I haven’t been to Capitol Hill for more than a year, but friends paint a sad picture of that area — swarms of National Guardsmen and few civilians. They find this disturbing.
According to the editors of National Review, there are around 6,000 troops in the area now (down from 25,000 on Inauguration Day). The plan, apparently, is to keep thousands there through March, and some National Guard presence through at least the Fall.
I agree with NR editors that this show of force makes no sense. In fact, even Eleanor Holmes Norton, D.C.’s left-liberal representative in Congress, has spoken out against the prospect of that continuing National Guard presence.
Turning the Capitol and its grounds into an armed fortress is a bad look in a democracy. We should want tourists to flock to the Capitol, as they have always done. A large presence of troops will keep them away.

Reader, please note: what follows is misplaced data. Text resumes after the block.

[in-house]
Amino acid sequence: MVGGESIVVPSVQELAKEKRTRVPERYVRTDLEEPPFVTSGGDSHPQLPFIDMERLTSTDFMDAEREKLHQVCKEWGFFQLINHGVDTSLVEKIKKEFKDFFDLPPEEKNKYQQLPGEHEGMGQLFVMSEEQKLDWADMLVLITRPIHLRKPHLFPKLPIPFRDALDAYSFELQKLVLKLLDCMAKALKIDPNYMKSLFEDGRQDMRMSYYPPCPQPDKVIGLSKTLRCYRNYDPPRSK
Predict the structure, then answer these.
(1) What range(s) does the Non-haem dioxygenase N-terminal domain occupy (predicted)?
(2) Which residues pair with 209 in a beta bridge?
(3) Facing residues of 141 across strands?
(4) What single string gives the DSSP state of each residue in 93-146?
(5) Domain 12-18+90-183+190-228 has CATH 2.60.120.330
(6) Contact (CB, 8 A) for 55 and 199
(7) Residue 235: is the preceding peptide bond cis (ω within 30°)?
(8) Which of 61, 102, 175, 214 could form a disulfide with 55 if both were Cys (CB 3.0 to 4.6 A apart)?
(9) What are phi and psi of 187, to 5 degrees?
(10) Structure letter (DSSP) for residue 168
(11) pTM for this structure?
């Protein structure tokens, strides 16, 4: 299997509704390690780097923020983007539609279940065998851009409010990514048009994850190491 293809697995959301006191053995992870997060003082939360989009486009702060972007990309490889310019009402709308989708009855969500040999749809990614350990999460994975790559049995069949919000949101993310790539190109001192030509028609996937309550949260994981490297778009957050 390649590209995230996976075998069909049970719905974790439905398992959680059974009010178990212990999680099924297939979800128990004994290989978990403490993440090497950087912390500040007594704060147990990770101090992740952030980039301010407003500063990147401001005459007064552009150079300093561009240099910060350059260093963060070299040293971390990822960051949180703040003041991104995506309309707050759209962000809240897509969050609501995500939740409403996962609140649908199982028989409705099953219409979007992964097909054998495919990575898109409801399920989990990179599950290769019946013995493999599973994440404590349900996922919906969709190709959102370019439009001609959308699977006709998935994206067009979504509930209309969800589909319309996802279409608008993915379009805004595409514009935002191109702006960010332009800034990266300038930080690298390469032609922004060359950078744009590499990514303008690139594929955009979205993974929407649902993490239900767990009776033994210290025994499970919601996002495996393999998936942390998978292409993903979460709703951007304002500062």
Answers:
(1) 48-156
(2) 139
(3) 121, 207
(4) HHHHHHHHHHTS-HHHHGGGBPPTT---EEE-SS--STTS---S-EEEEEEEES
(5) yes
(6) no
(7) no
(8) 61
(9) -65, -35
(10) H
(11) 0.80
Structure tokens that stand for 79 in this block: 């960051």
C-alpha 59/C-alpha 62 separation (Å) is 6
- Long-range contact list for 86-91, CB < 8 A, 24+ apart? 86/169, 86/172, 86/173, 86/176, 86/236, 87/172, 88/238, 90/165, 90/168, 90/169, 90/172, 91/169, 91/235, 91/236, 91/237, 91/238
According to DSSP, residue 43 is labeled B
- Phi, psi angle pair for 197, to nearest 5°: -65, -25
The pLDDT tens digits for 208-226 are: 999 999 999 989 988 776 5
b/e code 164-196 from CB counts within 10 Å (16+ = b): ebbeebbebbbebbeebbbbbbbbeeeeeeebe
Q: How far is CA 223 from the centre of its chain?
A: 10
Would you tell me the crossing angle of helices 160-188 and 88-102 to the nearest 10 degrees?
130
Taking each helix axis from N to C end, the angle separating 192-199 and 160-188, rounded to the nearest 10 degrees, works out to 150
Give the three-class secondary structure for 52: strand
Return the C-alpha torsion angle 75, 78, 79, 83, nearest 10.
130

It’s true, of course, that we need to protect the building and those who work there. But there’s no reason to believe that another attack like that of January 6 will occur now that the fantasy of blocking Biden’s election is an impossibility. And even that attack probably could have been handled without the National Guard if the Capitol police had been better prepared.
Thus, the NR editors rightly conclude:
The large-scale presence of National Guardsmen on the Hill should end. These troops have done their duty admirably, but it’s time to go home.
New security protocols may be necessary at the Capitol — certainly the police should be better prepared for protests that might run out of control — but they should be carefully thought through and calibrated. And they shouldn’t include a tall razor-wire fence that symbolically separates our elected representatives from the people they serve.
The U.S. Capitol is one of the marvels of our open society. It shouldn’t be made to look like it belongs in a closed one.